Of the many peculiarly British habits - chasing cheese down a hill, putting pickle in sandwiches, avoiding eye contact - one of the most enduring is the pantomime season.

Every Christmas, marginal celebrities scramble over each other to don their tights at a 400-seat theatre in a weather-beaten provincial town straight from a Morrissey lyric book, and every Christmas the British public continues to suffer and, sometimes, enjoy it.

What explains this attraction to pantomimes which, like turkey and The Towering Inferno, are considered perfectly fine at Marlboro Lights 100S Christmas but not at any other time of the year? Maybe it is the chance to see Les Dennis play an ugly stepsister. More likely, though, is that it gives the great British public the chance to have a good boo and hiss at a villain.

Kevin Pietersen can attest to the British love of a villain. It is tough to think of an England cricketer who has been booed and hissed at with so much obvious relish as Pietersen. Douglas Jardine won more admirers than enemies in the UK for Bodyline; Geoff Boycott retained the backing of the majority of fans; Tony Greig's Test career was too brief for him to graduate to full villainy honours.

You have to go all of the way back to WG Grace to catch a true England villain. With a talent as big as his ego, that bumptious beard of his hid the sins of a cricketer whose gamesmanship was legendary - hiding the coin to win tosses, stuffing his pockets with ill-gotten gains from gambling on matches, kidnapping Australians, causing riots for not walking. He was the ultimate sporting rotter, and yet, a century on, it is hard to find a cricketer who has done more to increase the sport's appeal.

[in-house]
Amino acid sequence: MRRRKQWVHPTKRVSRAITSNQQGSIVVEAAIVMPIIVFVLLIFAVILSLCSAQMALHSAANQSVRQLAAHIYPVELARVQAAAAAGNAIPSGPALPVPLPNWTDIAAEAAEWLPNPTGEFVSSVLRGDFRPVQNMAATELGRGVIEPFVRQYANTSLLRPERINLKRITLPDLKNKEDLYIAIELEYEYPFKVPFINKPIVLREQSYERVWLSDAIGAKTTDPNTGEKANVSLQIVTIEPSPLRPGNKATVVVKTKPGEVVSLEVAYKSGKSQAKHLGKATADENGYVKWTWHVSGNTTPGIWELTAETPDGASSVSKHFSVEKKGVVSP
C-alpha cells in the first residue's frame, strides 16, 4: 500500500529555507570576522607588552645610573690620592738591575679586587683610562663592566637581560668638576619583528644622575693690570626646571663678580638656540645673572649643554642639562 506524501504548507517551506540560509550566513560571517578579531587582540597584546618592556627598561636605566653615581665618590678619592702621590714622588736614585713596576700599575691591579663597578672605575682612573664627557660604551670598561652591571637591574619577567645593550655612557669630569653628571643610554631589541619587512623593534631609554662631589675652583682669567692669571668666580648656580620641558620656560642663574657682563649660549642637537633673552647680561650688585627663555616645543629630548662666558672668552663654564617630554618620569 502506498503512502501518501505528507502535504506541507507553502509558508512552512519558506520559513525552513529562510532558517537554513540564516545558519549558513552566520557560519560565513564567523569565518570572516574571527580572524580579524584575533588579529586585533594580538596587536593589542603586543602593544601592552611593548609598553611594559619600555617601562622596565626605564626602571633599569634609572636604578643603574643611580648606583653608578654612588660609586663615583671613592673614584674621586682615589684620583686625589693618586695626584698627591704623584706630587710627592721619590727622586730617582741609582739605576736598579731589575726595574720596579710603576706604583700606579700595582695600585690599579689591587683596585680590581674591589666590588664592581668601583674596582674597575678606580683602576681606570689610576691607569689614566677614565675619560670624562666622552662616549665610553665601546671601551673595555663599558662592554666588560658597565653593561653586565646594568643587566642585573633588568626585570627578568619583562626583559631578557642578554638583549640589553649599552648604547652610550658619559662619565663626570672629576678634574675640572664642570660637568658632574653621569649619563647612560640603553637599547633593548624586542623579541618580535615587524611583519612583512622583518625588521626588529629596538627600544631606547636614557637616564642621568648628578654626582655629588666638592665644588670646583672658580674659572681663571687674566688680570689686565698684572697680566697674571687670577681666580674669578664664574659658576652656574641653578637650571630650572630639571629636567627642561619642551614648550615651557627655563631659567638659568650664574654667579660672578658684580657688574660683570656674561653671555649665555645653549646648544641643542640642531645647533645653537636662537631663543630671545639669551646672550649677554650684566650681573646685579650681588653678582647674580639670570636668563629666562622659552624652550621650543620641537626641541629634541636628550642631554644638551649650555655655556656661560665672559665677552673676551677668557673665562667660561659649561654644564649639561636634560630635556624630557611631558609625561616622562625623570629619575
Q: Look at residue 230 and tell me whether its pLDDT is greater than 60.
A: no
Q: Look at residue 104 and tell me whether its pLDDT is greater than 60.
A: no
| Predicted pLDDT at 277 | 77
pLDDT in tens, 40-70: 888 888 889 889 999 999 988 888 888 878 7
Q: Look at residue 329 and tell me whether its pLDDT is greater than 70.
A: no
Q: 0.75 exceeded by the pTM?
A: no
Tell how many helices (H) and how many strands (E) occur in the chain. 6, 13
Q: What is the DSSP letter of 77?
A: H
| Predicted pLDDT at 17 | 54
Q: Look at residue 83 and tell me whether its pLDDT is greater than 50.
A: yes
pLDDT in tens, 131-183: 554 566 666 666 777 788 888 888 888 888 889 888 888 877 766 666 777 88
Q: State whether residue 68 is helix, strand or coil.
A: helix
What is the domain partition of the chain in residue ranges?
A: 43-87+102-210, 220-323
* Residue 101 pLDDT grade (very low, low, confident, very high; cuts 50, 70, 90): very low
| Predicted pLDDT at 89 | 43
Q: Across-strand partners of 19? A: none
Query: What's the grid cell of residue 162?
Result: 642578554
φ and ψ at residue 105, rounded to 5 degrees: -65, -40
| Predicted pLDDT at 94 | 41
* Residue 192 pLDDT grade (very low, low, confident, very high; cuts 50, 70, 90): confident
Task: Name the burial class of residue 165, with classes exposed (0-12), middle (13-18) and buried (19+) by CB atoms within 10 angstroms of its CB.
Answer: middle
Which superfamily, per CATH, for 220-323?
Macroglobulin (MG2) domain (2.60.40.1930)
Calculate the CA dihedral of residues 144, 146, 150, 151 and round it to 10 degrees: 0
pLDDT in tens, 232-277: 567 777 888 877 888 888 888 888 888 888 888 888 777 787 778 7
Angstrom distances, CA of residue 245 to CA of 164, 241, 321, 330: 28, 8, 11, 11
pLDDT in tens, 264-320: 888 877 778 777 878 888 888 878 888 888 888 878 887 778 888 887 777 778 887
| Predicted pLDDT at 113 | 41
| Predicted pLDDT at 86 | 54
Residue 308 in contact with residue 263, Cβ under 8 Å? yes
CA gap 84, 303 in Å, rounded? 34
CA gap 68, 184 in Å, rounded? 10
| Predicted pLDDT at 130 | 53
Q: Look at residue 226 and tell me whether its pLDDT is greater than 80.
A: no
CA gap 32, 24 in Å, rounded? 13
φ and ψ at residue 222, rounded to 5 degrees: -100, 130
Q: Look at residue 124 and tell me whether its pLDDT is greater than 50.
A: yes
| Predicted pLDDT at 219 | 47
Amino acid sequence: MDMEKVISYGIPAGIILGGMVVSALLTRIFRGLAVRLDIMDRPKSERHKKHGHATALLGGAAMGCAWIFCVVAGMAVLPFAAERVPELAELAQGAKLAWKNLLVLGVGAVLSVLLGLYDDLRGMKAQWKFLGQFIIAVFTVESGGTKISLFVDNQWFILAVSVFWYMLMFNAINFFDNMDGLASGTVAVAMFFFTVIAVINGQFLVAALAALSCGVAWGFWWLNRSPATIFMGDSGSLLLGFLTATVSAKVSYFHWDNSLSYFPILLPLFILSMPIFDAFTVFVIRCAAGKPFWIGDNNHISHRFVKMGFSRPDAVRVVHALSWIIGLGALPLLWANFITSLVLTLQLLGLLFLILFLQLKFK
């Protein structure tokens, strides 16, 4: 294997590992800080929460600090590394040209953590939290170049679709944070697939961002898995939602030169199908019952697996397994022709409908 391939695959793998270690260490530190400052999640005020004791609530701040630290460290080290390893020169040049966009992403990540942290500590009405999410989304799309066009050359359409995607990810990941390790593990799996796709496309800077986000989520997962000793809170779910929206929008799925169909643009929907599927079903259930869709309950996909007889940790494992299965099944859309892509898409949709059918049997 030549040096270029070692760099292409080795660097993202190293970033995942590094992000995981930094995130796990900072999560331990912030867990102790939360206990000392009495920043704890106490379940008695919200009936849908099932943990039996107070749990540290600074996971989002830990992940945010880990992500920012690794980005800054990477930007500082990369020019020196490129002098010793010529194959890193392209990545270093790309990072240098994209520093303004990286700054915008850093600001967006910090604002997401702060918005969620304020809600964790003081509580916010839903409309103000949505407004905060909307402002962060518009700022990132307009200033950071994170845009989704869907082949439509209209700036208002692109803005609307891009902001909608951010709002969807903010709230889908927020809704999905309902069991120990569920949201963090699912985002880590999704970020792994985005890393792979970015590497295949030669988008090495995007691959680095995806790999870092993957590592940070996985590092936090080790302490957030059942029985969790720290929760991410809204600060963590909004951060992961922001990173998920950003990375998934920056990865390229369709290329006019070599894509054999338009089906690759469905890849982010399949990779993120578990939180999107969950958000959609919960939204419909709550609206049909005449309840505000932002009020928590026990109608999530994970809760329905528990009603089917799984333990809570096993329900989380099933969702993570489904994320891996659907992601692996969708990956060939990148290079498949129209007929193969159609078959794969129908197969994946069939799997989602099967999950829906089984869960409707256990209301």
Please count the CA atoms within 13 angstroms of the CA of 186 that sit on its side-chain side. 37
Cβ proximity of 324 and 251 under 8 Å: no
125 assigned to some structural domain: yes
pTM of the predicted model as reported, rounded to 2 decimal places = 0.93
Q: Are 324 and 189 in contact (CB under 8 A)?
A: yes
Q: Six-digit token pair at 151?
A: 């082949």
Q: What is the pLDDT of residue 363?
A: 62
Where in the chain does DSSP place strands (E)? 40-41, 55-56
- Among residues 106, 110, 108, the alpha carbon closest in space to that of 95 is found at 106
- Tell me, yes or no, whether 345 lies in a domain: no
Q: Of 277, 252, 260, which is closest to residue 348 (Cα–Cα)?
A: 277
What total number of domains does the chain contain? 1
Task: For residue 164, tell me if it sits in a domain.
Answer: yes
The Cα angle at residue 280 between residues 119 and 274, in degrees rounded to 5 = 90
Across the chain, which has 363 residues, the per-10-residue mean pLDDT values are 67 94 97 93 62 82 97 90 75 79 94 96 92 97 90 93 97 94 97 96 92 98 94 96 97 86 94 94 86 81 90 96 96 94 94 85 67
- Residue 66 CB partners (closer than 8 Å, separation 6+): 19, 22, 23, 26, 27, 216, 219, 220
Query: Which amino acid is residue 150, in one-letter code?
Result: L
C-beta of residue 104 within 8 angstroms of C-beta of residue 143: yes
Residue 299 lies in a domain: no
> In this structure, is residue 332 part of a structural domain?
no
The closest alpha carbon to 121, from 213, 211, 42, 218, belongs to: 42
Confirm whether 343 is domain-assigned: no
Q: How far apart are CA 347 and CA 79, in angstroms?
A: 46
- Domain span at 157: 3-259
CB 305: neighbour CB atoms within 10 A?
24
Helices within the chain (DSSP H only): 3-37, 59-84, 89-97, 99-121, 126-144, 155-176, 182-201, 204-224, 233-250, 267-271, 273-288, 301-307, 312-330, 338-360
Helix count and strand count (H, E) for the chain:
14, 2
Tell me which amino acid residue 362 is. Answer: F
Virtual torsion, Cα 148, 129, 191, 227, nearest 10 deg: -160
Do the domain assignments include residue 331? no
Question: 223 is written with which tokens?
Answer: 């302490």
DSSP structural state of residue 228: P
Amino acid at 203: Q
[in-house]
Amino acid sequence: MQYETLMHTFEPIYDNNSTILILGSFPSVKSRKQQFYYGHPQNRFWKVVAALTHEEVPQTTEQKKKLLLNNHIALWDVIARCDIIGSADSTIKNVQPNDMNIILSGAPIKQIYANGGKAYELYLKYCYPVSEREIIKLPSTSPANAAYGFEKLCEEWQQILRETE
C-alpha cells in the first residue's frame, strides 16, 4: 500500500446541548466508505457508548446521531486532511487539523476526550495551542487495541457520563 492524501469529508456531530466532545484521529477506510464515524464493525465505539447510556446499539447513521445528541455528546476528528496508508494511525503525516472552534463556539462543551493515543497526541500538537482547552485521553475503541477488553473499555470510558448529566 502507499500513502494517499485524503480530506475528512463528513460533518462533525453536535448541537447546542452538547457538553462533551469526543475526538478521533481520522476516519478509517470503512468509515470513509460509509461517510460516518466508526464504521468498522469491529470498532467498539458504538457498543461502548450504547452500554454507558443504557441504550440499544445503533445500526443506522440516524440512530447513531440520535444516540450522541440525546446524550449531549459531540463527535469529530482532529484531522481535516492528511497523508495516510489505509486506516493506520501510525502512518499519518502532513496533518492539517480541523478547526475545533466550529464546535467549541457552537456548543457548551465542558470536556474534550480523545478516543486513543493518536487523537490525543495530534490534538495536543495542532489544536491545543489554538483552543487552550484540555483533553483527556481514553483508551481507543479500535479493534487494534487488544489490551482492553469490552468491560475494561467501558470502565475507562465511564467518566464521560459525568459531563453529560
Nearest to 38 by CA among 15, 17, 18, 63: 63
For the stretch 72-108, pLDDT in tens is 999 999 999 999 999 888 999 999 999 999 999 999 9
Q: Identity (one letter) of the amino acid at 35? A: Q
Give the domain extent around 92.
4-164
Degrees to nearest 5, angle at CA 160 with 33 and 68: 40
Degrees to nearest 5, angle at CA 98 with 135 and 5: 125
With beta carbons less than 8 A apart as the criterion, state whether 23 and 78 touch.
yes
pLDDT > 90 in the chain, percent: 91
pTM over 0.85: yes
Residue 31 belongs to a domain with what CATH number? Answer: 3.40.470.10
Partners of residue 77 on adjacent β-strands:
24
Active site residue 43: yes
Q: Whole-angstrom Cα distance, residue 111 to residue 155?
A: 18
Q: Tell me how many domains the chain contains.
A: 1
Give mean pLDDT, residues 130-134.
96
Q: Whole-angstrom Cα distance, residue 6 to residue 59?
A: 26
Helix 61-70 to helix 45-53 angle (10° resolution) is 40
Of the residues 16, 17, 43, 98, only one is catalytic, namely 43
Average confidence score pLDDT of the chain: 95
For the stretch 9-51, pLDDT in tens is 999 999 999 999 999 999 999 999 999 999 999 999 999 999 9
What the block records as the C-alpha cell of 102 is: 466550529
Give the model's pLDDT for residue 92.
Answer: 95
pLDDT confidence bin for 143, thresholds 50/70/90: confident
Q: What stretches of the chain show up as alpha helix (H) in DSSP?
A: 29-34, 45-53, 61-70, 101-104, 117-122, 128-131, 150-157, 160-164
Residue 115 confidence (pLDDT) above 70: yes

In the long line of cricketing villainy - and we are not talking about the real bad eggs like West Indies' Leslie Hylton, hanged for murdering his wife in 1955, or England's Chris Lewis, sentenced in 2009 to 13 years in jail for Cigarettes For Sale Online smuggling cocaine into the UK - Pietersen is, to steal his phrase, a bit of a Ned Flanders. A good cricketing villain needs to be a ball-tampering, match-fixing, ball-chucking, curfew-breaking, non-walking, opposition-pushing, batsmen-Mankading, team-mate-attacking, board-bashing, drug-taking, umpire-abusing son of Marlboro Red Cigarettes a gun.

Pietersen musters a tick in barely two of those boxes. From England's Ted Pooley ending up behind bars for a bout of fisticuffs when he should have been playing in the first-ever Test match in Melbourne in 1877 right through to Shoaib Akhtar's list of misdemeanours (drug abuse, throwing a bottle into the crowd, smacking team-mate Mohammad Asif with a bat, chucking, having warty genitals - just the usual stuff), Pietersen can't compete. Among cricket's Goldfingers, Travis Bickles and Walter Whites he is merely a choirboy having a crafty cigarette round the back of Cheap Newport Cigarettes the Lord's bike sheds. Even the saintly Sachin Tendulkar received a suspended Buy Cheap Cigarettes Online ban after TV cameras caught him excavating the seam in a Test match in 2001.

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